House Democrats on Monday unveiled a proposal to raise taxes on the top sliver of U.S. households, part of a sweeping plan to overhaul the nation's tax code in order to fund President Biden's ambitious $3.5 trillion family and climate plan.
Under the plan released by the House Ways and Means Committee, the top individual income rate would climb to 39.6% for the wealthiest individuals and families. The proposal rolls back a key part of Republicans' 2017 tax overhaul, which lowered the top individual income rate to 37%.
The new rate would apply to single individuals with taxable income of more than $400,000, according to a copy of the legislative outline. It would also apply to married individuals filing jointly whose taxable income tops $450,000; to heads of households with income topping $425,000; to married individuals filing separate returns over $225,000; and to estates and trusts over $12,500.
Still, the proposed brackets seemingly contradict Biden's campaign promise that no one earning less than $400,000 would pay higher taxes if he were elected. For instance, under those proposed brackets, a hypothetical couple that earns $450,000 combined each year would be required to pay the higher taxes, even if the spouses individually made less than $400,000.
This would apply if the couple filed jointly.
"Anybody making more than $400,000 will see a small to a significant tax increase," Biden told ABC News earlier this year. "If you make less than $400,000, you won't see one single penny in additional federal tax."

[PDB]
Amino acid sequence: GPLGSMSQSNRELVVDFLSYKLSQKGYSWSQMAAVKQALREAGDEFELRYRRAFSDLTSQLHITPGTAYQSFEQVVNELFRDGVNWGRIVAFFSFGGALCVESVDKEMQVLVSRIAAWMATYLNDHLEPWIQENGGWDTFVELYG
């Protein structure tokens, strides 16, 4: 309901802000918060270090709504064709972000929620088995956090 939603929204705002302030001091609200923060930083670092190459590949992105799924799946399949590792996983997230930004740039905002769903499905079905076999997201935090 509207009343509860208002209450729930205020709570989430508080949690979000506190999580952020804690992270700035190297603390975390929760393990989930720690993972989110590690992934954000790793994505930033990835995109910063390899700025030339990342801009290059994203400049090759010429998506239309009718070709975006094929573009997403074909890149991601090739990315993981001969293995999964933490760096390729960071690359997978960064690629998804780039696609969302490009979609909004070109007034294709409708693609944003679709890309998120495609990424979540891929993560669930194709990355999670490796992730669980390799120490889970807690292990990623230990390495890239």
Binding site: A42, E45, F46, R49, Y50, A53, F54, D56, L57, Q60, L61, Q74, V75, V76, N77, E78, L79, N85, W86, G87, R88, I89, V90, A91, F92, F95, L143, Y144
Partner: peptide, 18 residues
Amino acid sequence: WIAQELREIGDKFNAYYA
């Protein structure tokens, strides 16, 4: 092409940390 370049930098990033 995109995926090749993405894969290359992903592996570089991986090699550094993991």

Assuming the proposal becomes law – which hinges on a deeply divided Congress – the new tax rate would start to apply during the 2022 tax year. It would generate an estimated $170 billion over the next decade, according to an estimate from the Joint Committee on Taxation.
Even if Democrats fail to raise the top tax rate as part of their massive spending package – which they plan to pass along party-line votes using the procedural tool known as budget reconciliation – it will still revert to 39.6% in 2026. That's because although the 2017 tax law temporarily lowered the individual rate, it's poised to sunset in five years.
The top rate is currently paid by single individuals earning more than $518,401 and married individuals filing jointly who earn more than $622,051.
The Ways and Means Committee's provisional proposal also includes a 3% surcharge on individual income above $5 million and increases the top tax rate for capital gains – the proceeds from selling an asset – to 25%, up from 20%.
Separately, the House Democrats announced a bevy of other tax hikes to fund their partisan spending package, including raising the corporate tax rate to 26.5% for businesses earning more than $5 million in income. The corporate rate would be lowered to 18% for small businesses earning less than $400,000; all other businesses would continue to pay the current rate of 21%.